The Court of Appeal for Ontario has held that the failure to give statutory notice within 10 days to the municipality, arising out of a slip and fall on an icy municipal sidewalk, is not a bar to an action where the injured person waited four months to give notice because (i) he had a serious injury, (ii) he didn't know about the law requiring him to give notice and (iii) he was depressed. He did not give notice to the City until he was contacted by a lawyer four months after the slip and fall.
At para. 37 the Court held that the plaintiff "acknowledged that he simply did not know that he was required to give notice to the City within ten days, and that he ultimately did so when he was contacted by a lawyer. Given his mental state and the reasons for it, it is hardly surprising that until then, he did not turn his mind to it."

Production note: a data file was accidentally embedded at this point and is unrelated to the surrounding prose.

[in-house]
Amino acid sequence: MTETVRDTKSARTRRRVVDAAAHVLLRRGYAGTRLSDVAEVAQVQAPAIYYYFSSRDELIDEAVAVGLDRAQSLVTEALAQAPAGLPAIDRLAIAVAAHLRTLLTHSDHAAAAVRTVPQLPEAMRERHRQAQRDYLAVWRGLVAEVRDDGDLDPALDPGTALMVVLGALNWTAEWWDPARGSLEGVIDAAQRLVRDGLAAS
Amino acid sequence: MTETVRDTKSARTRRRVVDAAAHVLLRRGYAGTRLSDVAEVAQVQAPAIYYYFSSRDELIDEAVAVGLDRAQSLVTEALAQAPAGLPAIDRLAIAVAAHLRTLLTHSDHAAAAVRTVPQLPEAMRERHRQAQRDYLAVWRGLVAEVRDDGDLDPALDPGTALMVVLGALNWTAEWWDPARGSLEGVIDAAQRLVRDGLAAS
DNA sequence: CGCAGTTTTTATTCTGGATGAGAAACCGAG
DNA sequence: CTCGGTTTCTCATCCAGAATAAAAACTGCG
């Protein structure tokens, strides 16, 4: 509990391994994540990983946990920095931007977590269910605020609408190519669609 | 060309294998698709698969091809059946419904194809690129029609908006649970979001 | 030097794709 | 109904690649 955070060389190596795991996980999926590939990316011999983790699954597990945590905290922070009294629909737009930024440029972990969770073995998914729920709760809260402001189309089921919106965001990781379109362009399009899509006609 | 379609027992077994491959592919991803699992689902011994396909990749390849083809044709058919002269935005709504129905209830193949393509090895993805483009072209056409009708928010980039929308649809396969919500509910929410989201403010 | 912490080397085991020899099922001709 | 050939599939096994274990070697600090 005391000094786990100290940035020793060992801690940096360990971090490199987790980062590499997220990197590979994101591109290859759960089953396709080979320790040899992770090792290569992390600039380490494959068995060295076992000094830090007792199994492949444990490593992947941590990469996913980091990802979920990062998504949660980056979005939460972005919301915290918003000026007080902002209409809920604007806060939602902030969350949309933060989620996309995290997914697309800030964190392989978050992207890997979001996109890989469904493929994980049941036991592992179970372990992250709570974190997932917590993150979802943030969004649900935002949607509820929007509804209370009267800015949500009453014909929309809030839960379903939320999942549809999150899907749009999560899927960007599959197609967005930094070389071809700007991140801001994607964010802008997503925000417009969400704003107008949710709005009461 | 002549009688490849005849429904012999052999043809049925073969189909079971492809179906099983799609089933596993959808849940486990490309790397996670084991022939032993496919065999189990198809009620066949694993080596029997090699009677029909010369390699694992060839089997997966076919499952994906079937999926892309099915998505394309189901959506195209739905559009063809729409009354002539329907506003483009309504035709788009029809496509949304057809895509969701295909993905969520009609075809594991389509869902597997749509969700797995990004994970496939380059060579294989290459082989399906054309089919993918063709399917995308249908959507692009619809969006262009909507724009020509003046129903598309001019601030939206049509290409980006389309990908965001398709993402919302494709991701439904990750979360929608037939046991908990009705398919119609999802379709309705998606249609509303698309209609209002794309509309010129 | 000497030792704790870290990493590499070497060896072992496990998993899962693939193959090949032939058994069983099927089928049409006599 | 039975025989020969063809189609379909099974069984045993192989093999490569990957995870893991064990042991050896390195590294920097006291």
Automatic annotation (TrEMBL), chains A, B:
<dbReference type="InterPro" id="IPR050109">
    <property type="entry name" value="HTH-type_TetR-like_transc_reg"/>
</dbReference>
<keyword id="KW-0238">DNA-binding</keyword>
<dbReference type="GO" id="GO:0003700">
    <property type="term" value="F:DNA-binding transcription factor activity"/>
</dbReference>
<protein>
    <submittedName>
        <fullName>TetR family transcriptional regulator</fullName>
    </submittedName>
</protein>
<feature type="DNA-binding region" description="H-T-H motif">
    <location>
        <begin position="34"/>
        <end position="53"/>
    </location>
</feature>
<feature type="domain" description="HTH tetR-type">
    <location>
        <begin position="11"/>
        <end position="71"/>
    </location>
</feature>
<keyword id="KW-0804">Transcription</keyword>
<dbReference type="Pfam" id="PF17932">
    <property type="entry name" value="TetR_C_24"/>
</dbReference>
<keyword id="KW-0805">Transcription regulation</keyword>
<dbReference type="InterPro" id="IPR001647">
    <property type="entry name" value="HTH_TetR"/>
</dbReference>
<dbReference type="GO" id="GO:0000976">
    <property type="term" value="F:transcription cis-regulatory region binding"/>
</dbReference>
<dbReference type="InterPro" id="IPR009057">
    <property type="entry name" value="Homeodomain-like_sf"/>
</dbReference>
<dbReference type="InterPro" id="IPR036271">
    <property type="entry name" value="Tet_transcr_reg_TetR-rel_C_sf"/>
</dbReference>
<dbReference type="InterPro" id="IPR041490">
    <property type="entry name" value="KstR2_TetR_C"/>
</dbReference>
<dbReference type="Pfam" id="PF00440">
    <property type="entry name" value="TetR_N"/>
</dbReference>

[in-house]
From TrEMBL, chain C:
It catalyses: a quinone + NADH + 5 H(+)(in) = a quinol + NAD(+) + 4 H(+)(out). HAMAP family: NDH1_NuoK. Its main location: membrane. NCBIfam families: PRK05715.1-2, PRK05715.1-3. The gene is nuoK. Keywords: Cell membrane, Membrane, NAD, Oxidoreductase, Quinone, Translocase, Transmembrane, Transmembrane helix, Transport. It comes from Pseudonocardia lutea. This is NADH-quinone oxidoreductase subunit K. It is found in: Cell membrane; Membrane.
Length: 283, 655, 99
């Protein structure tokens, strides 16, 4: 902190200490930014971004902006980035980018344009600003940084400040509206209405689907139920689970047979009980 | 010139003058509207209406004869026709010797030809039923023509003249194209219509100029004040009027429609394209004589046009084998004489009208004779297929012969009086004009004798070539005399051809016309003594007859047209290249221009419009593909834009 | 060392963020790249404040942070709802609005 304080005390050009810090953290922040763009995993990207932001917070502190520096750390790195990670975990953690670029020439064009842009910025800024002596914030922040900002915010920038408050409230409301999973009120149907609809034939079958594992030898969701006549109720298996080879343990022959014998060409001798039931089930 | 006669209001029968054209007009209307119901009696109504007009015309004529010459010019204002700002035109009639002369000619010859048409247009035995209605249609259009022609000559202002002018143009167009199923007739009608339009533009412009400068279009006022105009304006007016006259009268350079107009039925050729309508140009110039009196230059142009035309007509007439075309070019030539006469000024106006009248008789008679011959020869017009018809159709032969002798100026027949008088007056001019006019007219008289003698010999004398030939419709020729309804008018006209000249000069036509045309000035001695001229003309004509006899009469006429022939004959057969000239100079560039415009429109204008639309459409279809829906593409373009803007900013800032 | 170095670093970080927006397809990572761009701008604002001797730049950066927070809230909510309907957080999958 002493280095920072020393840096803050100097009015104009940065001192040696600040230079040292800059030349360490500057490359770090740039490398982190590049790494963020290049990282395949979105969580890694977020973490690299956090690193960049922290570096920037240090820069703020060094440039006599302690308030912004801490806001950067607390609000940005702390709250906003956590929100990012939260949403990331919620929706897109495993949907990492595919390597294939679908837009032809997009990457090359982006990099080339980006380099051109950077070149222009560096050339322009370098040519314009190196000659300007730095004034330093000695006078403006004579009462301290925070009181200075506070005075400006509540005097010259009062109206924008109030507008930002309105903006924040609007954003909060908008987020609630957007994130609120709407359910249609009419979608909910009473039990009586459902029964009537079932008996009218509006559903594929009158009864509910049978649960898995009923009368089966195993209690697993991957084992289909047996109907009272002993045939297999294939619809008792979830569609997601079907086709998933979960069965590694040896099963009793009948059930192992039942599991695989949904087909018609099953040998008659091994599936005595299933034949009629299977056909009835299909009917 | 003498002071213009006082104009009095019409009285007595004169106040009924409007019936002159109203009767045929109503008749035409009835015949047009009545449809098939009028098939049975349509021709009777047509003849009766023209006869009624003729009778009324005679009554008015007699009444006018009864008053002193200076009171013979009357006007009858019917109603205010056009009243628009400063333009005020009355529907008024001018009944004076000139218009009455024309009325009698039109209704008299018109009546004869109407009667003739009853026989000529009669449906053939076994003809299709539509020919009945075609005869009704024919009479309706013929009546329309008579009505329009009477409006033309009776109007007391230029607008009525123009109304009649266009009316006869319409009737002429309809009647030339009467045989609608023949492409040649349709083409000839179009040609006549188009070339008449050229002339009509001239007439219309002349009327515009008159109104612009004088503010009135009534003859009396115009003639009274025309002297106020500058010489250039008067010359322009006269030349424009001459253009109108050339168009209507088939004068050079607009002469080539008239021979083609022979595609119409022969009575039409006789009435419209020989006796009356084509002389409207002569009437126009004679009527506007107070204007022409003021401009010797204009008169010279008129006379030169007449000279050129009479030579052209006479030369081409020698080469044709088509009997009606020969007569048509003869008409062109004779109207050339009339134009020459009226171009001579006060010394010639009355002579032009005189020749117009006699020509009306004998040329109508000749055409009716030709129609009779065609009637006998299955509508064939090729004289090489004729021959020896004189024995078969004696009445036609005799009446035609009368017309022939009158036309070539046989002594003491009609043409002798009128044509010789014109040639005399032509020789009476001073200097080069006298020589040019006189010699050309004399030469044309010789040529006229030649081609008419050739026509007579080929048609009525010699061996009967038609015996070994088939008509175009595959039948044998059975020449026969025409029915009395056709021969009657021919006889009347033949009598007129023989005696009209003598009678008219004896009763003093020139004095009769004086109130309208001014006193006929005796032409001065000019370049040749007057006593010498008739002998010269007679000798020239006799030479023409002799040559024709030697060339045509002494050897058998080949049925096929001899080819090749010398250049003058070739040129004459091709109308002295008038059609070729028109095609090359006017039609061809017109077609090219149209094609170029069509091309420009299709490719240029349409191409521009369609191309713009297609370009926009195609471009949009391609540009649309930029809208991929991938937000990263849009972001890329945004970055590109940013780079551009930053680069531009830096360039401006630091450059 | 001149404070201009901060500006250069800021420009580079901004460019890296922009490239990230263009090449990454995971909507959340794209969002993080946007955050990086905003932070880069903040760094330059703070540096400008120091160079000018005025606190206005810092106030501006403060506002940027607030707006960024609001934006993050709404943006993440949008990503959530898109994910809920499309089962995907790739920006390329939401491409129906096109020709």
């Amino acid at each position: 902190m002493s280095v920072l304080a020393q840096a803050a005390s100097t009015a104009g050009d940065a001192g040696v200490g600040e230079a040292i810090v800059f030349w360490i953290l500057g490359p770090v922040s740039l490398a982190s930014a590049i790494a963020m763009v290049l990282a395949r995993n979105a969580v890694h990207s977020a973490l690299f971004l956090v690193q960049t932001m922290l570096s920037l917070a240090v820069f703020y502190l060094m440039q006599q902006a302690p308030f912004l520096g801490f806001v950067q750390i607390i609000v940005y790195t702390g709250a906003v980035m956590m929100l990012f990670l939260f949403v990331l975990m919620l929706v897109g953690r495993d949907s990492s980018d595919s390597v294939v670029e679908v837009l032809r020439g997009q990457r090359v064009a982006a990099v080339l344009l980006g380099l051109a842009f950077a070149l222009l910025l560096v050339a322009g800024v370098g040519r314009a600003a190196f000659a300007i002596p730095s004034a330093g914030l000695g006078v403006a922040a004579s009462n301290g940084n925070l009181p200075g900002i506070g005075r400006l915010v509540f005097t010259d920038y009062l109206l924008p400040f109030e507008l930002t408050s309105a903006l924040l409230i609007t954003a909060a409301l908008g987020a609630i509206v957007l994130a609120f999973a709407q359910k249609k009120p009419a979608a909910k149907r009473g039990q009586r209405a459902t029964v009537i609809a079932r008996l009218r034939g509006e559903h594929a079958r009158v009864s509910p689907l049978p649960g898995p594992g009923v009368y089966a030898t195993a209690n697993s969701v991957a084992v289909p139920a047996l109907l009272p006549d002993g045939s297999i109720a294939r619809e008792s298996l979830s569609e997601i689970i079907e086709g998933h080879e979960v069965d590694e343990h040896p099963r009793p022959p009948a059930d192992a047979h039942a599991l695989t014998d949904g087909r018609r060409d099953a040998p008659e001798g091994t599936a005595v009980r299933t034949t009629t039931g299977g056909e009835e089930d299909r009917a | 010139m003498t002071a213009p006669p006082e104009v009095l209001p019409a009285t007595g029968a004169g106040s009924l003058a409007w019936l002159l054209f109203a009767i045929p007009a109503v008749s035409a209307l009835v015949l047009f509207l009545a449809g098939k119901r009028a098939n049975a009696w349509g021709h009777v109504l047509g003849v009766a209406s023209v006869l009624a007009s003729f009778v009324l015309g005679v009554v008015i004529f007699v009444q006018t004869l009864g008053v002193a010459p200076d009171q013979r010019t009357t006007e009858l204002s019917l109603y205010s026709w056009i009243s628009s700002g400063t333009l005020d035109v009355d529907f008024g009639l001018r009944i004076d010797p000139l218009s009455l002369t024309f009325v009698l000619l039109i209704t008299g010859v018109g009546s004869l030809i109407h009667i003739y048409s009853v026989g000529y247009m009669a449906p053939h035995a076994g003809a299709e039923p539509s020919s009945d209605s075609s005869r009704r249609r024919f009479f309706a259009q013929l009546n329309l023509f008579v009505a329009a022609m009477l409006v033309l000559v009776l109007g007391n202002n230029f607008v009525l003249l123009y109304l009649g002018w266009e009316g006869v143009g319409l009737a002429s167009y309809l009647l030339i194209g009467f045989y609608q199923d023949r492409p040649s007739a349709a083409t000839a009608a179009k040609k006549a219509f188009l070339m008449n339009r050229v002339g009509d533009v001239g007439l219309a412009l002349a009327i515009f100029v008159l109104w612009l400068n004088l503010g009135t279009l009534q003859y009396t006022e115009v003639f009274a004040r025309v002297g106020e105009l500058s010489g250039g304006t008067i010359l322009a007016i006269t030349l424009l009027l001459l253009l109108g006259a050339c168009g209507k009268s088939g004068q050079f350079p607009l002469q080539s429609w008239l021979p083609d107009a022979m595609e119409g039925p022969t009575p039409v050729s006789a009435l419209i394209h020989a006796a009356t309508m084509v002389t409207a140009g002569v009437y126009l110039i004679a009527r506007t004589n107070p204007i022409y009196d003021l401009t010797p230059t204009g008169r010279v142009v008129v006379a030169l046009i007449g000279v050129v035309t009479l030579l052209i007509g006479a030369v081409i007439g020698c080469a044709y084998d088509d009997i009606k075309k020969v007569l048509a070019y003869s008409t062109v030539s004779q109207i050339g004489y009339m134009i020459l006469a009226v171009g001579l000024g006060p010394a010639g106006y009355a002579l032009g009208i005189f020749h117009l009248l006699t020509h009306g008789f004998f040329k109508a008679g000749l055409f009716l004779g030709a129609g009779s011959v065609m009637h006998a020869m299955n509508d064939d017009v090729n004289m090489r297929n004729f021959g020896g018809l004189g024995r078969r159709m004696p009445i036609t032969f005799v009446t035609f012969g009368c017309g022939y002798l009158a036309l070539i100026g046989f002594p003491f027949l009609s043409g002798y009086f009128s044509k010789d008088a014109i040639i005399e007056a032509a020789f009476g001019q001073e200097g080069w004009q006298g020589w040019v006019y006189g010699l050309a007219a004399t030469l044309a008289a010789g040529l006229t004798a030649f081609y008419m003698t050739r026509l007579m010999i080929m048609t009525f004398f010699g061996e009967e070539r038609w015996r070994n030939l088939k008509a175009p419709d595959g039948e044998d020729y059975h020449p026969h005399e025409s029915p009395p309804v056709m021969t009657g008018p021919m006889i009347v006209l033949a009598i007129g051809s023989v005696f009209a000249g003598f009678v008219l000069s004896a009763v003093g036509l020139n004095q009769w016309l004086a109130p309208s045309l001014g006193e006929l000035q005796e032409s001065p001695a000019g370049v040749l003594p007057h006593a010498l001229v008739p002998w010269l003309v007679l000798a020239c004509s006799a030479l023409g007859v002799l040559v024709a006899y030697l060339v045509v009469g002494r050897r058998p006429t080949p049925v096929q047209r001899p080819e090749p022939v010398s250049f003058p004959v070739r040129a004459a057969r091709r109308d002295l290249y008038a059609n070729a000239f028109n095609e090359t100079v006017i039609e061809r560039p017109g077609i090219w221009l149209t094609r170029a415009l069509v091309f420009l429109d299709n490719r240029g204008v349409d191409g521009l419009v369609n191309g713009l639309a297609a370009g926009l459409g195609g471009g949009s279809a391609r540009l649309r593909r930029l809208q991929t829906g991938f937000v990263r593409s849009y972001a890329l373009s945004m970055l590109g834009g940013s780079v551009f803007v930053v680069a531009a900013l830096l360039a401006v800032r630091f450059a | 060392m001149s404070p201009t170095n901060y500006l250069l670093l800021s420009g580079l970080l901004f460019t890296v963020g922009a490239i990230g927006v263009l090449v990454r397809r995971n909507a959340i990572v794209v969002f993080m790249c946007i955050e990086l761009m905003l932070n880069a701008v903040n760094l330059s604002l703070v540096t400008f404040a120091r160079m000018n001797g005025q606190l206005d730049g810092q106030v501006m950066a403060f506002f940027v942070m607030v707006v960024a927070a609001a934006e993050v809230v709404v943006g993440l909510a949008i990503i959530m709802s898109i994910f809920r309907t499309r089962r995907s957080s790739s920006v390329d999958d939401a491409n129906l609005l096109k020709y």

Further, at para. 38, he had "suffered a serious injury requiring a prolonged period of rehabilitation, during which he was deeply worried about his job, his ability to provide for his family, and whether he would ever be able to return to the only career he had known. He was understandably depressed. In these circumstances, not knowing he was required give notice to the respondent, it was reasonable that he did not do so until the end of June."
The Court of Appeal also considered whether the City was grossly negligent and concluded it was so. The City knew that the sidewalks were icy for 34 hours before the slip and fall yet did not salt the sidewalk where the plaintiff fell. The City's own patrol records showed it had knowledge.
The decision is Crinson v. Toronto (City), 2010 ONCA 44, the Court of Appeal for Ontario, per Goudge and LaForme JJ.A., with Juriansz J.A. concurring, overturning the decision of Justice Blenus Wright of the Superior Court of Justice, dated February 20, 2009, with reasons reported at (2009), 57 M.P.L.R. (4th) 221.